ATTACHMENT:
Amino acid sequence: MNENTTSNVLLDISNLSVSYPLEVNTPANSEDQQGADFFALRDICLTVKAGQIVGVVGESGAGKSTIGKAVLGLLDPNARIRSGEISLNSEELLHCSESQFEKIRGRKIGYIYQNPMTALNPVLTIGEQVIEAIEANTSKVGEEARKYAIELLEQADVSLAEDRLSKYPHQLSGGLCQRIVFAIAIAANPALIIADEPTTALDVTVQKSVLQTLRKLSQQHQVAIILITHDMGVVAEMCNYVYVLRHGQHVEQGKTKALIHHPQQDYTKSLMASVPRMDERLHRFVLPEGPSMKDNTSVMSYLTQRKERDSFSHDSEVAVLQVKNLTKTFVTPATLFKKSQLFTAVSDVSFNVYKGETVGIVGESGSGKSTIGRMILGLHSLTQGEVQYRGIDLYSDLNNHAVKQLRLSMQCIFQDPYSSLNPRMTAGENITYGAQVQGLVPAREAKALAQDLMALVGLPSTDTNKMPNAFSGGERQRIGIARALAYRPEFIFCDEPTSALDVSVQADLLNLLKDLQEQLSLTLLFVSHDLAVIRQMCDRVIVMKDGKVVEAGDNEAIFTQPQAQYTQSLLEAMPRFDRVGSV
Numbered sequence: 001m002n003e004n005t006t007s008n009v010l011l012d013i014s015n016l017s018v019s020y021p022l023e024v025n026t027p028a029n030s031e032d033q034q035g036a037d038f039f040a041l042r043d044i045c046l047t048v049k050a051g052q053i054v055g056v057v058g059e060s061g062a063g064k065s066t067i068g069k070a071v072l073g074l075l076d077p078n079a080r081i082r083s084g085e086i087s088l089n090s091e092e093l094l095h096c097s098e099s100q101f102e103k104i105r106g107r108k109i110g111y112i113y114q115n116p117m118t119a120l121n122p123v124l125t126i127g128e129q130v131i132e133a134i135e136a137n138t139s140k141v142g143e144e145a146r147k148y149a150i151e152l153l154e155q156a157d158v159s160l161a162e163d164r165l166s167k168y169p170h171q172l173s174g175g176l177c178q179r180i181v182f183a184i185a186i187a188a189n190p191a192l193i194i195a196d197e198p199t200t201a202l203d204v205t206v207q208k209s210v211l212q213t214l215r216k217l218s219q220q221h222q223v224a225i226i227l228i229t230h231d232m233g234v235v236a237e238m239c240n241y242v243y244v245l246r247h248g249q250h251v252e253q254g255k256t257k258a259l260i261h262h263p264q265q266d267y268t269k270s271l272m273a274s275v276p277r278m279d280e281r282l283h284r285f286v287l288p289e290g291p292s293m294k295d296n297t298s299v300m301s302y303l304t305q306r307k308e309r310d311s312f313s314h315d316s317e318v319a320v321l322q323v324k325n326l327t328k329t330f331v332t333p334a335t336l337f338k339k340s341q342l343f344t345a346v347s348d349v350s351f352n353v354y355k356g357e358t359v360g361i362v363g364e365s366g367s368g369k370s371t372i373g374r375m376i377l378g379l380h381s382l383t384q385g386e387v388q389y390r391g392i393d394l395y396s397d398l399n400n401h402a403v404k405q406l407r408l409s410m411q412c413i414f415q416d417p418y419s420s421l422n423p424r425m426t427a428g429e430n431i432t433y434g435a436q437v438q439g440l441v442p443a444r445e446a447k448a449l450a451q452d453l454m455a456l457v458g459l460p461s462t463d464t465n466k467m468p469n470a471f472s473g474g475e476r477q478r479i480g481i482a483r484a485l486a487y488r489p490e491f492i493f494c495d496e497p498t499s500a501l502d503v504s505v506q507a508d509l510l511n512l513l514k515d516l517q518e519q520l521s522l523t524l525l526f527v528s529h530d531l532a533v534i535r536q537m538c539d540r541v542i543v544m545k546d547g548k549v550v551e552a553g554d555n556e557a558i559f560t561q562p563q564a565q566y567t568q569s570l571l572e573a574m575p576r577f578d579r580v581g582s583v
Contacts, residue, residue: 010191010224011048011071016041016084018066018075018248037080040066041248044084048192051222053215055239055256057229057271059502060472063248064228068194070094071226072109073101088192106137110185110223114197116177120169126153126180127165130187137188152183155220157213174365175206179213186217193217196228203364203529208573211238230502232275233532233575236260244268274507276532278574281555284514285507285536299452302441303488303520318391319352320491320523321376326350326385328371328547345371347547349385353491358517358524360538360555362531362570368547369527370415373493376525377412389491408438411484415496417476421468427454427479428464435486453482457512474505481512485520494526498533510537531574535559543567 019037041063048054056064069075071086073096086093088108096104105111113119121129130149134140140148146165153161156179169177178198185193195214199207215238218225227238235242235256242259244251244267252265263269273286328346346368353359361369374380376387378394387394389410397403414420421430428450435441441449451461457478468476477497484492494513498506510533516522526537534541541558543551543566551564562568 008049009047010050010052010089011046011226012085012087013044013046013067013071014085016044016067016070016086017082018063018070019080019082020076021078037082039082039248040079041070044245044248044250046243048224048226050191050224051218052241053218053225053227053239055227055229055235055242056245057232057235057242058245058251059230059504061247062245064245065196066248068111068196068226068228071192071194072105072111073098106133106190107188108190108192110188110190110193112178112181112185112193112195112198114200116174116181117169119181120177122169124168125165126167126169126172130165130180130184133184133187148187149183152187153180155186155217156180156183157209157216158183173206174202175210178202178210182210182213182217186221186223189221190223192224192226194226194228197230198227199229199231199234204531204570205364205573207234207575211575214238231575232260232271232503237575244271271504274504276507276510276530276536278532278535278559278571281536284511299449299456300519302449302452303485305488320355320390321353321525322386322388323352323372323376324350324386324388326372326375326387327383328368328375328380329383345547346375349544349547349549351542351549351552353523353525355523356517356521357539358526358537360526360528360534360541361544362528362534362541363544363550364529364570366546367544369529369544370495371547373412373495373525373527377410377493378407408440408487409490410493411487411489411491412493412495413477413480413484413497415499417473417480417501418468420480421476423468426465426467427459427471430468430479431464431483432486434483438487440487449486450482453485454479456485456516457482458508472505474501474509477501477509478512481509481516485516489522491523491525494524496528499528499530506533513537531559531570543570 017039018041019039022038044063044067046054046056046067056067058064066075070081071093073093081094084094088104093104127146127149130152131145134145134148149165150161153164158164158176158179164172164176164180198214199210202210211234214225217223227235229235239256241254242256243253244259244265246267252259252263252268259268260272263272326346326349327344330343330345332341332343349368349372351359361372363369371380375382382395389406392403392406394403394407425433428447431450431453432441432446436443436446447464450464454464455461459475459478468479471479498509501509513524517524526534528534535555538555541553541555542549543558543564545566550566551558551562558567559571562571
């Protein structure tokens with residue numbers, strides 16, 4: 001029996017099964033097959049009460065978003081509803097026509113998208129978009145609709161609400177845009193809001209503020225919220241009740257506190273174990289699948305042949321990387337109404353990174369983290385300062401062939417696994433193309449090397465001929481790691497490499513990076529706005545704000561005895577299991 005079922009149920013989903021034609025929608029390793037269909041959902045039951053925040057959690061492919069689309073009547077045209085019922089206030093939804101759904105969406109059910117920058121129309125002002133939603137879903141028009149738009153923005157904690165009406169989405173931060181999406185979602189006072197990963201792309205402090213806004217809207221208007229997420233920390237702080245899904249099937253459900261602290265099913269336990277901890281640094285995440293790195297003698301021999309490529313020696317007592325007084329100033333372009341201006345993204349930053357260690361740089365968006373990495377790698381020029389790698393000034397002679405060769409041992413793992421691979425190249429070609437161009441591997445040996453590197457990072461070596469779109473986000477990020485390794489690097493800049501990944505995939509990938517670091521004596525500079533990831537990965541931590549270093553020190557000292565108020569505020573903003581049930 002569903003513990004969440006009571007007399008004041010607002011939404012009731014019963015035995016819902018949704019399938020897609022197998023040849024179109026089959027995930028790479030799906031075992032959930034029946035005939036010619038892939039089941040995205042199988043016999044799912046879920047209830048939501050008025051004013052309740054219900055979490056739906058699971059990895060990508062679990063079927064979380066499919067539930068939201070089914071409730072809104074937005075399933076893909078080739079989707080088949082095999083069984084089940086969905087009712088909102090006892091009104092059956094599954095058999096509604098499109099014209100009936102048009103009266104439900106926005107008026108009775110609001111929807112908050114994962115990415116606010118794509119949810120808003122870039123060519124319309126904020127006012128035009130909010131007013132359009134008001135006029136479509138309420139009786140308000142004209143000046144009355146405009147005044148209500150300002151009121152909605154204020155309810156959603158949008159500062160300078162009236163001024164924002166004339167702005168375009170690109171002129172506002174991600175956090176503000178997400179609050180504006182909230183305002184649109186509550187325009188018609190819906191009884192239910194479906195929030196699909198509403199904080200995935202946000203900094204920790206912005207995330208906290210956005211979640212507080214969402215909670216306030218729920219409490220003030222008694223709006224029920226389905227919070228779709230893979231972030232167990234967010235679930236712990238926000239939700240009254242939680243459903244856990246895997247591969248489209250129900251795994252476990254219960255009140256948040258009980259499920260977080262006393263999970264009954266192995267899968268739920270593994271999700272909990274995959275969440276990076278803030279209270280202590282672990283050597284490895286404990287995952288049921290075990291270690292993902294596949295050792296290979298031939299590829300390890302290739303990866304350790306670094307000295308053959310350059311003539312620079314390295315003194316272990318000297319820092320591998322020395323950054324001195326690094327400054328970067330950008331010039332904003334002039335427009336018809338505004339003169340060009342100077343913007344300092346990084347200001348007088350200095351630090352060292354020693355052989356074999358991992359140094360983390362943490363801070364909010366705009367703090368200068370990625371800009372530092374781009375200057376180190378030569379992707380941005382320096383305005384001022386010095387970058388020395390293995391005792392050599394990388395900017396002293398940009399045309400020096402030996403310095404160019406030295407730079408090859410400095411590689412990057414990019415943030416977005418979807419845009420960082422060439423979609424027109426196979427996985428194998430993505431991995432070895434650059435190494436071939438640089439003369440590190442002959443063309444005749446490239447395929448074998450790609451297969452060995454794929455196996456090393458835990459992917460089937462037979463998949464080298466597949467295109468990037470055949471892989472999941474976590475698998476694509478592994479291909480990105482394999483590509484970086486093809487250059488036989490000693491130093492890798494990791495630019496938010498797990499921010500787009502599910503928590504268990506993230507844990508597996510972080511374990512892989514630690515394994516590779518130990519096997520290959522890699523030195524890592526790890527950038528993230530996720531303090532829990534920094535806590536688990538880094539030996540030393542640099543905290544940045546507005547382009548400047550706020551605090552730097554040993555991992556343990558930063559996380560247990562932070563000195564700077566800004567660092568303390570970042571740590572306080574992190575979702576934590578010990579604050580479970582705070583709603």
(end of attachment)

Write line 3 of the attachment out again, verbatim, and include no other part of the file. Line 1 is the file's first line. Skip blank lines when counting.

Contacts, residue, residue: 010191010224011048011071016041016084018066018075018248037080040066041248044084048192051222053215055239055256057229057271059502060472063248064228068194070094071226072109073101088192106137110185110223114197116177120169126153126180127165130187137188152183155220157213174365175206179213186217193217196228203364203529208573211238230502232275233532233575236260244268274507276532278574281555284514285507285536299452302441303488303520318391319352320491320523321376326350326385328371328547345371347547349385353491358517358524360538360555362531362570368547369527370415373493376525377412389491408438411484415496417476421468427454427479428464435486453482457512474505481512485520494526498533510537531574535559543567 019037041063048054056064069075071086073096086093088108096104105111113119121129130149134140140148146165153161156179169177178198185193195214199207215238218225227238235242235256242259244251244267252265263269273286328346346368353359361369374380376387378394387394389410397403414420421430428450435441441449451461457478468476477497484492494513498506510533516522526537534541541558543551543566551564562568 008049009047010050010052010089011046011226012085012087013044013046013067013071014085016044016067016070016086017082018063018070019080019082020076021078037082039082039248040079041070044245044248044250046243048224048226050191050224051218052241053218053225053227053239055227055229055235055242056245057232057235057242058245058251059230059504061247062245064245065196066248068111068196068226068228071192071194072105072111073098106133106190107188108190108192110188110190110193112178112181112185112193112195112198114200116174116181117169119181120177122169124168125165126167126169126172130165130180130184133184133187148187149183152187153180155186155217156180156183157209157216158183173206174202175210178202178210182210182213182217186221186223189221190223192224192226194226194228197230198227199229199231199234204531204570205364205573207234207575211575214238231575232260232271232503237575244271271504274504276507276510276530276536278532278535278559278571281536284511299449299456300519302449302452303485305488320355320390321353321525322386322388323352323372323376324350324386324388326372326375326387327383328368328375328380329383345547346375349544349547349549351542351549351552353523353525355523356517356521357539358526358537360526360528360534360541361544362528362534362541363544363550364529364570366546367544369529369544370495371547373412373495373525373527377410377493378407408440408487409490410493411487411489411491412493412495413477413480413484413497415499417473417480417501418468420480421476423468426465426467427459427471430468430479431464431483432486434483438487440487449486450482453485454479456485456516457482458508472505474501474509477501477509478512481509481516485516489522491523491525494524496528499528499530506533513537531559531570543570 017039018041019039022038044063044067046054046056046067056067058064066075070081071093073093081094084094088104093104127146127149130152131145134145134148149165150161153164158164158176158179164172164176164180198214199210202210211234214225217223227235229235239256241254242256243253244259244265246267252259252263252268259268260272263272326346326349327344330343330345332341332343349368349372351359361372363369371380375382382395389406392403392406394403394407425433428447431450431453432441432446436443436446447464450464454464455461459475459478468479471479498509501509513524517524526534528534535555538555541553541555542549543558543564545566550566551558551562558567559571562571